September 7, 1885, The Gleaner, Kingston, Kingston, Jamaica


The Alabama at Port Royal. 1863.

The Alabama at Port Royal, Jamaica. 1863.

The issue of this work for the current year has just reached us, and it is a most creditable production both as regards contents and appearance, and the fact that it was not published till the middle of the year has been taken advantage of to include the latest available information. In our next issue we hope to notice the work at greater length, and in particular one or two papers therein, which have a special interest for tropical planters. In the meanwhile we commend a perusal of it to anyone meditating a trip to the "Pearl of the Antilles," or intending to settle there. It will show Jamaica in its true light, and not in the mists of prejudice and ignorance, which have maligned not only the climate, which is not pestilential but salubrious, but the people, who ate progressive and proud of their land, and even the fair face of the island, which will compare for beauty and fertility, with the fairest spots on the earth's surface. That Jamaica is "awakening" may be shown in many ways; but the success which has attended the extension and improvement of the railway service since the railway service since Government bought the railway in 1878 will exemplify the progress of the colony, and, at the same time, the wisdom of the late Governor, Sir Anthony Musgrave. Instead of a dilapidated track, over which trains ran at irregular and spasmodic intervals nod with peril to the safety of the passengers, the railway service is now organised m a complete manner, and yields a very appreciable sum, after paying all expenses, to the revenue of the island. When the new agricultural enterprises, which are being gradually taken up in the island, are fully developed, the advantages of the them will become still more apparent. Among the special features of the hand book we may notice a careful history of Jamaica, a very excellent description of the island by Mr. Harrison, the present surveyor; a chapter on cinchona culture by Mr. D. Morris; a paper on meteorology, by Mr. Maxwell Hall; one on the thermal springs of the island, by Dr. Phillippo; a chapter on the relation of Jamaica to the Panama Canal, by Captain Markwell; and another on the shells of the island, by Mr. Teudryes, besides a large fund of information of local; and more than local, interest.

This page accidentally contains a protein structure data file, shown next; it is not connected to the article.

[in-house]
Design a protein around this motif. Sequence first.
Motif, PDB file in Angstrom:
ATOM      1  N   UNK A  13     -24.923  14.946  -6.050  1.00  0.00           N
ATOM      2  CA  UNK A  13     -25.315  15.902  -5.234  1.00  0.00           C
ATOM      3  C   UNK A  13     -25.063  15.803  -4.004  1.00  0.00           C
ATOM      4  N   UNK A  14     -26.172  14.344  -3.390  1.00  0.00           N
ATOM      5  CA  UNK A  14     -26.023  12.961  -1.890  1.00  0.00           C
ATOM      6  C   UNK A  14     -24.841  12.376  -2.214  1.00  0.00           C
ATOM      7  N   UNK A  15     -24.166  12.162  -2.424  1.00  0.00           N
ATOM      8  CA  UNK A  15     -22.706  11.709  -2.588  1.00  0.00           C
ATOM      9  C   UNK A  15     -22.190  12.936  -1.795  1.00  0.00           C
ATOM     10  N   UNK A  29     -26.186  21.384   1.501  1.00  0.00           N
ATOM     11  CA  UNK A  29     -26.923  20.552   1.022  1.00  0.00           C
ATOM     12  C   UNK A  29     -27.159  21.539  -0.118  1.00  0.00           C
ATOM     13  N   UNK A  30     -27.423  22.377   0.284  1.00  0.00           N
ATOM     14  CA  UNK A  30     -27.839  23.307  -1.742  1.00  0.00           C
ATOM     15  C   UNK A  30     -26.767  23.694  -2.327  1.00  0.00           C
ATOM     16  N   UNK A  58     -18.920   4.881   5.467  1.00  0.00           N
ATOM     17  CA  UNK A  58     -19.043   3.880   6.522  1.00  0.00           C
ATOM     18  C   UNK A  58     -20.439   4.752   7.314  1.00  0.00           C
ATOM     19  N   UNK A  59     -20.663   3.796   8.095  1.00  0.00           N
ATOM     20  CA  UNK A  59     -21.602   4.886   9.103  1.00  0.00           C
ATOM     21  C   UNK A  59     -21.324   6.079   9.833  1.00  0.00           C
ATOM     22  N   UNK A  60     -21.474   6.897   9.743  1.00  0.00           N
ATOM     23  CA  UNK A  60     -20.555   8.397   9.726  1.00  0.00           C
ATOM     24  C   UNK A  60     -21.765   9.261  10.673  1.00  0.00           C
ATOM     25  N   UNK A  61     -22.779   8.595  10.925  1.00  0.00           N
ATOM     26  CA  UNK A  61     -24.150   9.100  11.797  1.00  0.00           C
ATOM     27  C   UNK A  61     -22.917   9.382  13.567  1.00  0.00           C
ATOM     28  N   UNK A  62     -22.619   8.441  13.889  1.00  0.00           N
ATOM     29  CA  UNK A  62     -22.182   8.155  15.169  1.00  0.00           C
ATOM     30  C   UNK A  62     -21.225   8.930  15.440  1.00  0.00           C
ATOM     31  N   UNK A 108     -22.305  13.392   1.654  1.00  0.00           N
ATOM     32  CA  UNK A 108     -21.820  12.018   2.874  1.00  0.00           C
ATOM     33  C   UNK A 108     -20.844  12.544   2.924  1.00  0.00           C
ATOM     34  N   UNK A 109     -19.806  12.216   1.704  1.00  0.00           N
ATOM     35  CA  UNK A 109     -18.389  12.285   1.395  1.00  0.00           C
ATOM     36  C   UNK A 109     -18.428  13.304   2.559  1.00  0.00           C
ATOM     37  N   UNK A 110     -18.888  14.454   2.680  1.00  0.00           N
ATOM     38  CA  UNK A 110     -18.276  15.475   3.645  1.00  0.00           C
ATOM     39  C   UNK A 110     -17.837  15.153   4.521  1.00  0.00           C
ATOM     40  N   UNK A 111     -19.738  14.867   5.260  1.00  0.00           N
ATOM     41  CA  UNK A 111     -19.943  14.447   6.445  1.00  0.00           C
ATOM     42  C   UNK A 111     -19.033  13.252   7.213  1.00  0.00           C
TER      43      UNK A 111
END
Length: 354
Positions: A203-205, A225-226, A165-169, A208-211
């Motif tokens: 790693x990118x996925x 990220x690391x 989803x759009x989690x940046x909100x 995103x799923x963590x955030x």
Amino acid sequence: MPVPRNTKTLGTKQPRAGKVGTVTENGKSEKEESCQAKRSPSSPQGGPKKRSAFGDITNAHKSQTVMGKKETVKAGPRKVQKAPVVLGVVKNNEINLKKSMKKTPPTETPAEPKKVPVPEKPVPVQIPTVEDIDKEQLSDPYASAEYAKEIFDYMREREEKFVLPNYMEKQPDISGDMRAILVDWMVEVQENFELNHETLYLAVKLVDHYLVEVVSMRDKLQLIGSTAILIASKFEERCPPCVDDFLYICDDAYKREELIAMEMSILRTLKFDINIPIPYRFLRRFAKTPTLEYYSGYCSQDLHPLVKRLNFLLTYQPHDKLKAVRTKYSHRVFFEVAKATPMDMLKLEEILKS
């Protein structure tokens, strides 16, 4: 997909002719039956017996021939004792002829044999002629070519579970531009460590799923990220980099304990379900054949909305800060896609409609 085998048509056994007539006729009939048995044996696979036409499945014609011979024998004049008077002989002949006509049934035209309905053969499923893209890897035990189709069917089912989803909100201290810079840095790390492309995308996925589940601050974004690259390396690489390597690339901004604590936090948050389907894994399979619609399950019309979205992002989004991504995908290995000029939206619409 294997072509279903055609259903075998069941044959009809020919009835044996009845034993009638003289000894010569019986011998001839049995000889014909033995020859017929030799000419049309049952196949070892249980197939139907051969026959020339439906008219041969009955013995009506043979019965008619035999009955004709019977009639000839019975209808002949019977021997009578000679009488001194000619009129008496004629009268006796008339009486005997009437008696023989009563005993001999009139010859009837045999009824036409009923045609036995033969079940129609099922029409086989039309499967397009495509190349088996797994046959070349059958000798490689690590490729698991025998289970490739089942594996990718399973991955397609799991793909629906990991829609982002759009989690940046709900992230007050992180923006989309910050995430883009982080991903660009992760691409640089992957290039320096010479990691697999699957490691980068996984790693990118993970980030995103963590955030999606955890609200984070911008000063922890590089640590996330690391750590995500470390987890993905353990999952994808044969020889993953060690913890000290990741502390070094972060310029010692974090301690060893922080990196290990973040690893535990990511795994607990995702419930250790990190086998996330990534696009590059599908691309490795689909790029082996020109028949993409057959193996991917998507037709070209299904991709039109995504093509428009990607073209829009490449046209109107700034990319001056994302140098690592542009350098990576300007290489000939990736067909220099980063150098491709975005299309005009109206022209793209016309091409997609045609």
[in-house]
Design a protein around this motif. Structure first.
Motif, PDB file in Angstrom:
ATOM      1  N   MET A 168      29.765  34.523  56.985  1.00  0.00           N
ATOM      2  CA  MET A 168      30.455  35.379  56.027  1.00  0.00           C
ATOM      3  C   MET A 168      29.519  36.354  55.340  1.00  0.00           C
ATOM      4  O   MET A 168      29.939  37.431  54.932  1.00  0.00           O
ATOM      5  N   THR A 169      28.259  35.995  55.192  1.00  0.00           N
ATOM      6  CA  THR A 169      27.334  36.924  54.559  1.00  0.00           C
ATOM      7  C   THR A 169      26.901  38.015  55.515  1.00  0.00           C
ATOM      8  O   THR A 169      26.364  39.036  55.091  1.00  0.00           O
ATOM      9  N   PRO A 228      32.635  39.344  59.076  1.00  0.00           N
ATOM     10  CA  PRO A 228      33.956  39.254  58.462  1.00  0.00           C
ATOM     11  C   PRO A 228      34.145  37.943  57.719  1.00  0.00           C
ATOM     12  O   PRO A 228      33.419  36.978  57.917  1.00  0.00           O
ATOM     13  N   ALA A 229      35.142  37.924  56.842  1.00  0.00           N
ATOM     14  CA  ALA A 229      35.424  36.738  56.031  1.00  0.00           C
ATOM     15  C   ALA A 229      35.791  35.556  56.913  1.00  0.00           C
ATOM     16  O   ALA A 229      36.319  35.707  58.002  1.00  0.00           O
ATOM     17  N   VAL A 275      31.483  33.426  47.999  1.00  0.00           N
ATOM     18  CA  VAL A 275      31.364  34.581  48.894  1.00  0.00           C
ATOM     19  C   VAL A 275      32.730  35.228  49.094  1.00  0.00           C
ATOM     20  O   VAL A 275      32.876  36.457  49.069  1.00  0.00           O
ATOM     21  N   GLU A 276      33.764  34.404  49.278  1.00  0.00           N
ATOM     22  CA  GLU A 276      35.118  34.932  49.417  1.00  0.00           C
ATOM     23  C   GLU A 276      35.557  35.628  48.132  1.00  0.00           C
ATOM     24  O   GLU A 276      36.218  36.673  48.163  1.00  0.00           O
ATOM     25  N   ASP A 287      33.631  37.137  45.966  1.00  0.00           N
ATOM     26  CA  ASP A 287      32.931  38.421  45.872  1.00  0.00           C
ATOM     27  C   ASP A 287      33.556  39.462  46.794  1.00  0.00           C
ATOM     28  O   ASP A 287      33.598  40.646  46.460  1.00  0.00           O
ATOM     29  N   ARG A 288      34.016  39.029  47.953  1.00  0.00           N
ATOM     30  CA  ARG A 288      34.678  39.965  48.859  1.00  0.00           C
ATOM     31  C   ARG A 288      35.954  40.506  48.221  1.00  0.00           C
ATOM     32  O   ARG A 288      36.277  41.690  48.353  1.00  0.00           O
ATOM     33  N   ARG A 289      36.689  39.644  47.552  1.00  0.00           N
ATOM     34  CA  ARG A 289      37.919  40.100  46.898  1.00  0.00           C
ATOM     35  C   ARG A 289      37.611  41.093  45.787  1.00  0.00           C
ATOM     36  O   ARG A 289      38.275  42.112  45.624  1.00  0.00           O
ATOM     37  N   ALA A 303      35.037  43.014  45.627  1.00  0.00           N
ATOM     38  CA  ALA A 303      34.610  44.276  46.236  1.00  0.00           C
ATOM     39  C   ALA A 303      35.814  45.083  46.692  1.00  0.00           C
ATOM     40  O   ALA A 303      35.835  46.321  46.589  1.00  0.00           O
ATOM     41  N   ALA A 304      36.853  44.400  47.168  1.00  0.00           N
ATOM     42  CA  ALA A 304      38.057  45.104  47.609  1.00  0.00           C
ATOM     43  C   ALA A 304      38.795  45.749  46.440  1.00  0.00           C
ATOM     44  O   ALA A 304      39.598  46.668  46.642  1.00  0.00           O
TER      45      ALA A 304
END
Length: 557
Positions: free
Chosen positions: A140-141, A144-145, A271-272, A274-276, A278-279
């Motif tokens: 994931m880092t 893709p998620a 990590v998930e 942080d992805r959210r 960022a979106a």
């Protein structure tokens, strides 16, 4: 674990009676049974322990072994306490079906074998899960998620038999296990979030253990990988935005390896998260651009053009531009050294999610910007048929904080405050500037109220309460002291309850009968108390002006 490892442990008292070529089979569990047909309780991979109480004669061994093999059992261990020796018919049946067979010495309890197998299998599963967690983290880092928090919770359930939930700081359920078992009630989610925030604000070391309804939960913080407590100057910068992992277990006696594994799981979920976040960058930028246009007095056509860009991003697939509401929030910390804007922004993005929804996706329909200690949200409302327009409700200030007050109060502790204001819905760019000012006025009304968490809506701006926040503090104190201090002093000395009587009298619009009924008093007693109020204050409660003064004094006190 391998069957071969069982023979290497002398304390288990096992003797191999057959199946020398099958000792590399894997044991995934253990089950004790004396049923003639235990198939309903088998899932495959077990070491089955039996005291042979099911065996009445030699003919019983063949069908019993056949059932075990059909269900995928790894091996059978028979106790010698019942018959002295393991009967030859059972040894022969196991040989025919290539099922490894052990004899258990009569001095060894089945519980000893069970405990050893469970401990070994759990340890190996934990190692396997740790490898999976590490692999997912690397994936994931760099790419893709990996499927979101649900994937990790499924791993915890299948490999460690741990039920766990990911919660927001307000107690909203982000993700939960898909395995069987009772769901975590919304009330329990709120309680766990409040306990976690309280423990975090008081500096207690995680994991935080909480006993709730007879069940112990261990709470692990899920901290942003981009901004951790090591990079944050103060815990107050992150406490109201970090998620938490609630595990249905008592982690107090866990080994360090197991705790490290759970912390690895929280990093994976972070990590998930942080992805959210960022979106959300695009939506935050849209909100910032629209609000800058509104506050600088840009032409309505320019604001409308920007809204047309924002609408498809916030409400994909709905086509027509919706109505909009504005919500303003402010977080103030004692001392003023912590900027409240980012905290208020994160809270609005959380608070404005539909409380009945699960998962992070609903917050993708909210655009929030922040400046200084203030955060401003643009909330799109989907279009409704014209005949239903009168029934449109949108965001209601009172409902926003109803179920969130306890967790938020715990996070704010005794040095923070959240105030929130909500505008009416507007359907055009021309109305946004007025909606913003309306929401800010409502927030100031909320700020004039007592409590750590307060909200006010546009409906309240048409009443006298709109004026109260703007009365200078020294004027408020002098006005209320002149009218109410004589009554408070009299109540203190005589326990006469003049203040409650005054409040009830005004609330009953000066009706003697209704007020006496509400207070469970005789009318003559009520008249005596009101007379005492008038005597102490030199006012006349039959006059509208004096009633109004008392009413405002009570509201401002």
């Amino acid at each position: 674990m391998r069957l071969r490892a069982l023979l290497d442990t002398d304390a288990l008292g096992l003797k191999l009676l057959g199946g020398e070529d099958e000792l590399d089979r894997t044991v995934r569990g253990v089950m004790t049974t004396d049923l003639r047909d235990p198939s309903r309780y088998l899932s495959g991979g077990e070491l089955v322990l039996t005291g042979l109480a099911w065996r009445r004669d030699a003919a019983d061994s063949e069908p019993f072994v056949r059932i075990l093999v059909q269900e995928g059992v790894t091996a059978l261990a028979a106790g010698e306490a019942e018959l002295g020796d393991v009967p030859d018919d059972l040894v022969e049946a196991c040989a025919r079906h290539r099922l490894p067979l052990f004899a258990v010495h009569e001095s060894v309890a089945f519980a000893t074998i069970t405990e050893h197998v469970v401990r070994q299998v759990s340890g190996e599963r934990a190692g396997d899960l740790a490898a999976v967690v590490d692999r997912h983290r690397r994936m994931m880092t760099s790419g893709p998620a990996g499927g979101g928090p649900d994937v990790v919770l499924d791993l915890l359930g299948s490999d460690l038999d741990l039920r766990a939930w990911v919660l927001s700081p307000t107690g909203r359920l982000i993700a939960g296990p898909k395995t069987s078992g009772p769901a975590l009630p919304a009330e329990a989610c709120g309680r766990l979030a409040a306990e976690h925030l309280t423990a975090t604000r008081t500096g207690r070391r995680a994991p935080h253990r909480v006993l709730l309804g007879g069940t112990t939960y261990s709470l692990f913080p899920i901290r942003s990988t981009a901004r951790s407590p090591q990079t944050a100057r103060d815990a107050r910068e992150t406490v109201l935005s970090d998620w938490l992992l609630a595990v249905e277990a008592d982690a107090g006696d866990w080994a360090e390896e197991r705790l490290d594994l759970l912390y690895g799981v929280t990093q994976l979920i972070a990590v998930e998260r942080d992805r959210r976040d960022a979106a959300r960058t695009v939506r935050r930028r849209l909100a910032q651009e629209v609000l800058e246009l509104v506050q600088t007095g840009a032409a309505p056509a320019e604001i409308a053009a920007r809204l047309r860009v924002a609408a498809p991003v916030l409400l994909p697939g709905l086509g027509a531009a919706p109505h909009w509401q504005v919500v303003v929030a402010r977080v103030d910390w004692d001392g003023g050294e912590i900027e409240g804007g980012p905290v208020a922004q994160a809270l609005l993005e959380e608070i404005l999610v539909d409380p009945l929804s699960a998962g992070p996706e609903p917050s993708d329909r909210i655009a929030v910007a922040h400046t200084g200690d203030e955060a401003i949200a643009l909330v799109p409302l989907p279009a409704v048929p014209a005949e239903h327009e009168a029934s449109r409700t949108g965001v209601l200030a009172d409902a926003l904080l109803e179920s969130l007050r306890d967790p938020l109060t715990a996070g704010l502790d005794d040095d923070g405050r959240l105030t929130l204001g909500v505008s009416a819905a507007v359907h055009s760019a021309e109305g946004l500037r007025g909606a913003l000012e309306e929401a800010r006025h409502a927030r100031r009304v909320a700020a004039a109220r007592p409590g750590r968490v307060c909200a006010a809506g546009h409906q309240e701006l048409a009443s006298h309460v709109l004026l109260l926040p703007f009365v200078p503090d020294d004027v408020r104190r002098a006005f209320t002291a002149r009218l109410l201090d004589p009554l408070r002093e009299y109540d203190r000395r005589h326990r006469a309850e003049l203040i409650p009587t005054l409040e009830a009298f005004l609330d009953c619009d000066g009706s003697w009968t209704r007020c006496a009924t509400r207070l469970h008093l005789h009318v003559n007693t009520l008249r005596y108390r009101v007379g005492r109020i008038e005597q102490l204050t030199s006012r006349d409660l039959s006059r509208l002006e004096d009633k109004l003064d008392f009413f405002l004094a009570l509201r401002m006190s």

Planter's Gazette.

Ruins of the Fire at Kingston, Jamaica, 1883. Ruins of the Fire at Kingston, Jamaica
The Illustated London News, January 20, 1883

August 25, 1890, The Gleaner, Kingston, Jamaica.


Now, if ever, is the flood-time in the history of Jamaica, which, if taken advantage of, will lead on to fortune. There are men shrewd enough to recognize this and with energy and prudence we see no reason why their ventures should not prove successful.

One of these men is Mr. Edward M. Earle who is well-known to our readers as a practical naturalist of great ability, and one whose sincere desire it is to develop the natural resources of the island. With no lack of common sense, or sound knowledge of the subject, Mr. Earle's efforts to introduce new industries have not met with the success they merited owing to the want of that capital and backing without which no enterprise, however promising, can achieve satisfactory results. In the hope of finding men more willing to embark on such undertakings than our local capitalists seem to be, Mr. Earle proceeds in a few days to the United States where he will endeavor to form a syndicate, or two or more companies, to work and develop certain industries in Jamaica . . .

The Colonies and India, June 18, 1892, London, United Kingdom

We ran through the Cay of Port Royal and through the ship channel leading up to Kingston, without a pilot, at full speed, and dropped anchor at 4 P.M. A few minutes later Sir Henry Blake and his staff were on board and gave us a cordial welcome. The large and important island of Jamaica is beginning to rally from a long period of depression. The exports from Jamaica have increased from 1,280,000Z. in 1886 to 1,903,0002. in 1890-91. While the export trade to the United Kingdom has remained nearly stationary, the development has been rapid in the trade with the United States, especially in fruit. In 1890-91 the exports of oranges and bananas exceeded half a million sterling in value. Jamaica is fortunate in the variety of its products, which include sugar, coffee, ginger, rum, and dye-wood.